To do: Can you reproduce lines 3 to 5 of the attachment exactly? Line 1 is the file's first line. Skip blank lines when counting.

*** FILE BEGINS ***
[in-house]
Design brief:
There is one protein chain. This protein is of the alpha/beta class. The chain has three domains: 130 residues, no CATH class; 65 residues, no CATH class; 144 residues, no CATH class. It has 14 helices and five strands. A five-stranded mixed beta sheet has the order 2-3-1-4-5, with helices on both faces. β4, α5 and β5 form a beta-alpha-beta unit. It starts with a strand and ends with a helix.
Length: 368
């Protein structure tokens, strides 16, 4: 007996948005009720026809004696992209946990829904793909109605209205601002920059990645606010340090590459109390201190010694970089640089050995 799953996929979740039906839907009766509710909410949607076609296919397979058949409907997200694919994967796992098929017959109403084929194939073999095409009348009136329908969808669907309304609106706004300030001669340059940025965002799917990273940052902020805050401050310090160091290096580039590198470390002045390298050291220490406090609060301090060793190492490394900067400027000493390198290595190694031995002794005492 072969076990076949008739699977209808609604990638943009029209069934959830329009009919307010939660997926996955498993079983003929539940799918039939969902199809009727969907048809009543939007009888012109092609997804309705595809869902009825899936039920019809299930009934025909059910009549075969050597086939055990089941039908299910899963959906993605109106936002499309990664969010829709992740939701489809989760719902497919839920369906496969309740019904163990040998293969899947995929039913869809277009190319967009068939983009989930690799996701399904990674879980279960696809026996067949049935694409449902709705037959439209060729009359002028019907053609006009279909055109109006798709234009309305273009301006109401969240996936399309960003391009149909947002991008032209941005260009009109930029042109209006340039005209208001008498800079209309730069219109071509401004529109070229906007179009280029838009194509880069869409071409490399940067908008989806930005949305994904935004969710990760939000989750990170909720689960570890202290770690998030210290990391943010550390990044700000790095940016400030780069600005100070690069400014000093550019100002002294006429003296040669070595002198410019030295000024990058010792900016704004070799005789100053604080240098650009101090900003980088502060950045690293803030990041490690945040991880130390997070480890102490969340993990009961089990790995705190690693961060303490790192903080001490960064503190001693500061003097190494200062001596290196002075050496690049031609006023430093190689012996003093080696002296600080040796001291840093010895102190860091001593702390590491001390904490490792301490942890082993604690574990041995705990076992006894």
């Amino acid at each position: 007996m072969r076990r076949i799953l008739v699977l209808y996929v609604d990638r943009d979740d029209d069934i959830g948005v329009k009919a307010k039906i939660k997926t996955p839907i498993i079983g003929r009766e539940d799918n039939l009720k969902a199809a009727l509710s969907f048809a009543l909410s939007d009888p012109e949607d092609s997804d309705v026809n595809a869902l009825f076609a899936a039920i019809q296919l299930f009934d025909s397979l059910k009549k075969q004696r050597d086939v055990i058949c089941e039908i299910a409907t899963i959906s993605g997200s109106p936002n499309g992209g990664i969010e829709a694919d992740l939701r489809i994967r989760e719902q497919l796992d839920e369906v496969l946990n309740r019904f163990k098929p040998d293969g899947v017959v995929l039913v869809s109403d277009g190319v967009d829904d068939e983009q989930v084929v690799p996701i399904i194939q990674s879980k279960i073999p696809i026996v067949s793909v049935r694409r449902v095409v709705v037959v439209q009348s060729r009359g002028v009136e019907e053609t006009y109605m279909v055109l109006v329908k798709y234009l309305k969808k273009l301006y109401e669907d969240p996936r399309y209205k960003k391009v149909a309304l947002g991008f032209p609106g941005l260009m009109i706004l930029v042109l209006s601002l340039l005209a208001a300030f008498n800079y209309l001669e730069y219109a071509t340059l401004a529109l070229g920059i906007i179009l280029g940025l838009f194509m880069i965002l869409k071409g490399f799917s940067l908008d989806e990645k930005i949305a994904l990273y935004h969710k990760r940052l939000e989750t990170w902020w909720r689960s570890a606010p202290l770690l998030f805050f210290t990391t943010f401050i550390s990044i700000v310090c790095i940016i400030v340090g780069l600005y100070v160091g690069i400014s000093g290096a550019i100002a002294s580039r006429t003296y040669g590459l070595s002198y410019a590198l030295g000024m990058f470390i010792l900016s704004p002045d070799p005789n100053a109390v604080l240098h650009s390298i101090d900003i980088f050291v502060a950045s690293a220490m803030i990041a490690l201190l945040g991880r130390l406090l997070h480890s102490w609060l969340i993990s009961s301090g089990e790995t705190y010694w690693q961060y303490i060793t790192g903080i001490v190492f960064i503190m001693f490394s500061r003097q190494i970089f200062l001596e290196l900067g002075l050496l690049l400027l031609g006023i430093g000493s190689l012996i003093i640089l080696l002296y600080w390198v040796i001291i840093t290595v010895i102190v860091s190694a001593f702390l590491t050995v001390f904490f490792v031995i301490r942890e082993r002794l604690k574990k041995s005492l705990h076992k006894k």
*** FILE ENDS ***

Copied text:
There is one protein chain. This protein is of the alpha/beta class. The chain has three domains: 130 residues, no CATH class; 65 residues, no CATH class; 144 residues, no CATH class. It has 14 helices and five strands. A five-stranded mixed beta sheet has the order 2-3-1-4-5, with helices on both faces. β4, α5 and β5 form a beta-alpha-beta unit. It starts with a strand and ends with a helix.
Length: 368
């Protein structure tokens, strides 16, 4: 007996948005009720026809004696992209946990829904793909109605209205601002920059990645606010340090590459109390201190010694970089640089050995 799953996929979740039906839907009766509710909410949607076609296919397979058949409907997200694919994967796992098929017959109403084929194939073999095409009348009136329908969808669907309304609106706004300030001669340059940025965002799917990273940052902020805050401050310090160091290096580039590198470390002045390298050291220490406090609060301090060793190492490394900067400027000493390198290595190694031995002794005492 072969076990076949008739699977209808609604990638943009029209069934959830329009009919307010939660997926996955498993079983003929539940799918039939969902199809009727969907048809009543939007009888012109092609997804309705595809869902009825899936039920019809299930009934025909059910009549075969050597086939055990089941039908299910899963959906993605109106936002499309990664969010829709992740939701489809989760719902497919839920369906496969309740019904163990040998293969899947995929039913869809277009190319967009068939983009989930690799996701399904990674879980279960696809026996067949049935694409449902709705037959439209060729009359002028019907053609006009279909055109109006798709234009309305273009301006109401969240996936399309960003391009149909947002991008032209941005260009009109930029042109209006340039005209208001008498800079209309730069219109071509401004529109070229906007179009280029838009194509880069869409071409490399940067908008989806930005949305994904935004969710990760939000989750990170909720689960570890202290770690998030210290990391943010550390990044700000790095940016400030780069600005100070690069400014000093550019100002002294006429003296040669070595002198410019030295000024990058010792900016704004070799005789100053604080240098650009101090900003980088502060950045690293803030990041490690945040991880130390997070480890102490969340993990009961089990790995705190690693961060303490790192903080001490960064503190001693500061003097190494200062001596290196002075050496690049031609006023430093190689012996003093080696002296600080040796001291840093010895102190860091001593702390590491001390904490490792301490942890082993604690574990041995705990076992006894």